From PE to VC: When Online Companies Go Bricks and Mortar

What happens when companies born digital decide they need physical locations?

The surge of direct-to-consumer (DTC) online companies in multiple business sectors has been one of the most significant business strategy stories in the past decade — from private equity to venture capital. How big is the surge?

Digiday reports that “Venture capitalists, who put money on brands’ balance sheets and have pumped more than $3 billion into consumer brands since 2012, have played key roles in the rise of the DTC darlings.” Further, “Private equity investors are now sniffing around the direct-to-consumer category, particularly as more hit $50 million in revenue, and the complexities and logistics of a business start to change.”

Building on the success – and business model – of Amazon, purveyors of products as diverse as clothing, eyeglasses, mattresses, and furniture have developed successful enterprises across the country. In fact, several years ago, the pace of retail store bankruptcies accelerated to the point where industry observers were lamenting the death of the bricks-and-mortar store.

Online DTC and Bricks and Mortar: A Partnership, Not a War

Reports of such a death were greatly exaggerated. Bricks-and-mortar is making a comeback. And the engine of that comeback is the online DTC company once accused of driving physical retail out of business. It’s even affecting the way digital firms execute marketing. In the UK, VogueBusiness reports that “Many successful DTC brands are shifting dollars away from influencer marketing as they reap greater benefits from word of mouth and offline activities.”

The business case is straightforward: Physical stores serve a function that online stores can’t match in several respects. People like to try certain goods before they buy them. Warby Parker offers a strong case study.

DTC to Bricks-and-Mortar Case Study: Warby Parker

Warby Parker, one of the initiators of a DTC online retail channel, became a huge success by offering stylish and inexpensive eyewear. It also offered to ship up to 5 pairs of eyeglasses for free so that customers could try them on.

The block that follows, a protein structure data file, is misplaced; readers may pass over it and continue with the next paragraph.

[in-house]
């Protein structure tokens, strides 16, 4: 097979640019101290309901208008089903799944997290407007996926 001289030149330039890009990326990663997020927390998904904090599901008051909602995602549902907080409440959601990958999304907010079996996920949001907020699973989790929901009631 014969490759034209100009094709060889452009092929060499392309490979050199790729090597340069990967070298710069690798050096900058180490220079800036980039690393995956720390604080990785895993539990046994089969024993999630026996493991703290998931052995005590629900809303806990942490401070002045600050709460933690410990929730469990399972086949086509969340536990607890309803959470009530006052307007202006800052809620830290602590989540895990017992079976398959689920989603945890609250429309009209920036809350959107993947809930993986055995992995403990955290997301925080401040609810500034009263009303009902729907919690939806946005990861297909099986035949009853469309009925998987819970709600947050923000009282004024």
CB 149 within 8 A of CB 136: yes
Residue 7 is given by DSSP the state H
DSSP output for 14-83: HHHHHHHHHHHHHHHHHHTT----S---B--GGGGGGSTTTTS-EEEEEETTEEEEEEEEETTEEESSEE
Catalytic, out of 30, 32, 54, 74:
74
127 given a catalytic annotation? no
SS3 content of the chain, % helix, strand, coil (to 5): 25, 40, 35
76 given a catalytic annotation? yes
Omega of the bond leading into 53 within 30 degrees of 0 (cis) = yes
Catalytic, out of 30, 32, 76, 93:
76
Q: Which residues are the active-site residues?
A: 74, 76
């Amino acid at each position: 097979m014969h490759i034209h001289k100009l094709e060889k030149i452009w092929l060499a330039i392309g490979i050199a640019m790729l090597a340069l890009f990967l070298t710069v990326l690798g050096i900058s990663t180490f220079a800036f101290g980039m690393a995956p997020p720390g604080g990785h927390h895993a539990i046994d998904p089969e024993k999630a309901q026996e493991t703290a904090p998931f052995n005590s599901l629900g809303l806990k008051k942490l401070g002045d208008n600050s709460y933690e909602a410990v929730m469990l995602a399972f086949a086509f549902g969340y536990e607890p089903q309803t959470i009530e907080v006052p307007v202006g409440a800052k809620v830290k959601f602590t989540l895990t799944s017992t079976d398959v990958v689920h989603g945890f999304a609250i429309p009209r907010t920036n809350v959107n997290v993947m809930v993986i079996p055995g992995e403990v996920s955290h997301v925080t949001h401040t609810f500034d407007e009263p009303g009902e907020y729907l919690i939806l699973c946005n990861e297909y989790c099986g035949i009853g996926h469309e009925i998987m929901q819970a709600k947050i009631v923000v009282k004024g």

But Warby Parker also ended up having as many as 100 retail stores in large cities. The fact is, customers like to pop into stores to see merchandise. They like to comparison shop for more than five items at a time. And they want to do many things that one can do in stores, but not online.

The surge of direct-to-consumer (DTC) online companies in multiple business sectors has been one of the most significant business strategy stories in the past decade -- from private equity to venture capital.

Some online furniture stores have partnered with coworking spaces to display their furniture.

Creative Use of the Strengths of Each

Many online DTC merchants are making creative use of the strengths of both online and physical channels. For both furniture and mattress companies, for example, customers like to physically try and compare the products. That’s one reason that mattress company Caspar now has multiple retail locations.

But another reason is the advertising that being at the local mall or among a particular group of stores provides. Purchases of both these items are infrequent, and they are not usually impulse buys. Physical stores offer a marquee value that puts the company name in front of consumers.

A third reason is enhancing customer convenience. Rent the Runway, a highly successful clothing company that allows customers to rent high-end clothing for a few days, partnered recently with department store Nordstrom. Nordstrom will offer areas to drop off and pick up Rent the Runway clothing, and customers can shop for accessories as well. Rent the Runway also partners with coworking company We Work, which offers pickup and drop off areas.

But what if online DTC stores can’t afford a massive expansion like Caspar or Warby Parker? Then business leadership gets creative. Online furniture company Burrow, for example, candidly admits that it can’t afford bricks-and-mortar locations at this point, according to industry publication Retail Dive. But customers like to look at furniture physically and try it out. To accommodate that need, Burrow partners with coworking spaces, coffee shops, and other places in which furniture is a natural accompaniment…and by the way, also for sale online.

These partnerships herald the future of retail in the U.S.: not online or physical, but online and physical. Online companies are no longer just disruptors, but frequently integrators.

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